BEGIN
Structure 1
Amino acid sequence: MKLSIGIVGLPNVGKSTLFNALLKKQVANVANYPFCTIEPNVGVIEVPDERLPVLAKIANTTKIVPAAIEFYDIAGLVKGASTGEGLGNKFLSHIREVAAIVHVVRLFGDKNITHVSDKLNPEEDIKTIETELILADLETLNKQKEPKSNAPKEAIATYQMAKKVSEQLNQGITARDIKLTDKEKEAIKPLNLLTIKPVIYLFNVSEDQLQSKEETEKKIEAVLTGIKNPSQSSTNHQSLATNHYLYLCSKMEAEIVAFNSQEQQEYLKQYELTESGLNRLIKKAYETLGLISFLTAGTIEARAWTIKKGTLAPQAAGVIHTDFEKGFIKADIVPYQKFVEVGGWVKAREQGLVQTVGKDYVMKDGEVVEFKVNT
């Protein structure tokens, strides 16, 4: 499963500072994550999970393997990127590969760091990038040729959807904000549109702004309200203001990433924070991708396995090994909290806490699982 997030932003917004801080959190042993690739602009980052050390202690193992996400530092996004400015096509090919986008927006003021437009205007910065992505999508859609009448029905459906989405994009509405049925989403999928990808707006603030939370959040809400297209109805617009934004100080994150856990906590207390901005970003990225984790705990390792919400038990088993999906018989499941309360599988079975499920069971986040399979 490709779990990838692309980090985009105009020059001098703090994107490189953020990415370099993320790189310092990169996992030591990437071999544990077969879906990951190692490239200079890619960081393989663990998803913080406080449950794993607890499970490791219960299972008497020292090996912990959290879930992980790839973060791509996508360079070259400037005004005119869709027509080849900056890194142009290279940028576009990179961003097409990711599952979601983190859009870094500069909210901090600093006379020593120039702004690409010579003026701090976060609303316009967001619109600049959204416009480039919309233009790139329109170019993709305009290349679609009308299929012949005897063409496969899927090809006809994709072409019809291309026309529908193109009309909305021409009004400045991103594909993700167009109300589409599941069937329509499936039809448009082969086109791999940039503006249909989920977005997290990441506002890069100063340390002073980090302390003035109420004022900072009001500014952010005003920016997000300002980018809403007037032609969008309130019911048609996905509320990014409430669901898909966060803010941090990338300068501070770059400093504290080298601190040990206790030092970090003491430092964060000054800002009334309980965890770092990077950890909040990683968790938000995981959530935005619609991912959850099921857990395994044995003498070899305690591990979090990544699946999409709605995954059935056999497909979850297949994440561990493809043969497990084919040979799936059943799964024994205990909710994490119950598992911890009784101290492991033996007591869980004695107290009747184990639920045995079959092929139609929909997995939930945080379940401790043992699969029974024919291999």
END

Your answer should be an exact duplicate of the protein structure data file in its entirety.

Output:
Structure 1
Amino acid sequence: MKLSIGIVGLPNVGKSTLFNALLKKQVANVANYPFCTIEPNVGVIEVPDERLPVLAKIANTTKIVPAAIEFYDIAGLVKGASTGEGLGNKFLSHIREVAAIVHVVRLFGDKNITHVSDKLNPEEDIKTIETELILADLETLNKQKEPKSNAPKEAIATYQMAKKVSEQLNQGITARDIKLTDKEKEAIKPLNLLTIKPVIYLFNVSEDQLQSKEETEKKIEAVLTGIKNPSQSSTNHQSLATNHYLYLCSKMEAEIVAFNSQEQQEYLKQYELTESGLNRLIKKAYETLGLISFLTAGTIEARAWTIKKGTLAPQAAGVIHTDFEKGFIKADIVPYQKFVEVGGWVKAREQGLVQTVGKDYVMKDGEVVEFKVNT
């Protein structure tokens, strides 16, 4: 499963500072994550999970393997990127590969760091990038040729959807904000549109702004309200203001990433924070991708396995090994909290806490699982 997030932003917004801080959190042993690739602009980052050390202690193992996400530092996004400015096509090919986008927006003021437009205007910065992505999508859609009448029905459906989405994009509405049925989403999928990808707006603030939370959040809400297209109805617009934004100080994150856990906590207390901005970003990225984790705990390792919400038990088993999906018989499941309360599988079975499920069971986040399979 490709779990990838692309980090985009105009020059001098703090994107490189953020990415370099993320790189310092990169996992030591990437071999544990077969879906990951190692490239200079890619960081393989663990998803913080406080449950794993607890499970490791219960299972008497020292090996912990959290879930992980790839973060791509996508360079070259400037005004005119869709027509080849900056890194142009290279940028576009990179961003097409990711599952979601983190859009870094500069909210901090600093006379020593120039702004690409010579003026701090976060609303316009967001619109600049959204416009480039919309233009790139329109170019993709305009290349679609009308299929012949005897063409496969899927090809006809994709072409019809291309026309529908193109009309909305021409009004400045991103594909993700167009109300589409599941069937329509499936039809448009082969086109791999940039503006249909989920977005997290990441506002890069100063340390002073980090302390003035109420004022900072009001500014952010005003920016997000300002980018809403007037032609969008309130019911048609996905509320990014409430669901898909966060803010941090990338300068501070770059400093504290080298601190040990206790030092970090003491430092964060000054800002009334309980965890770092990077950890909040990683968790938000995981959530935005619609991912959850099921857990395994044995003498070899305690591990979090990544699946999409709605995954059935056999497909979850297949994440561990493809043969497990084919040979799936059943799964024994205990909710994490119950598992911890009784101290492991033996007591869980004695107290009747184990639920045995079959092929139609929909997995939930945080379940401790043992699969029974024919291999």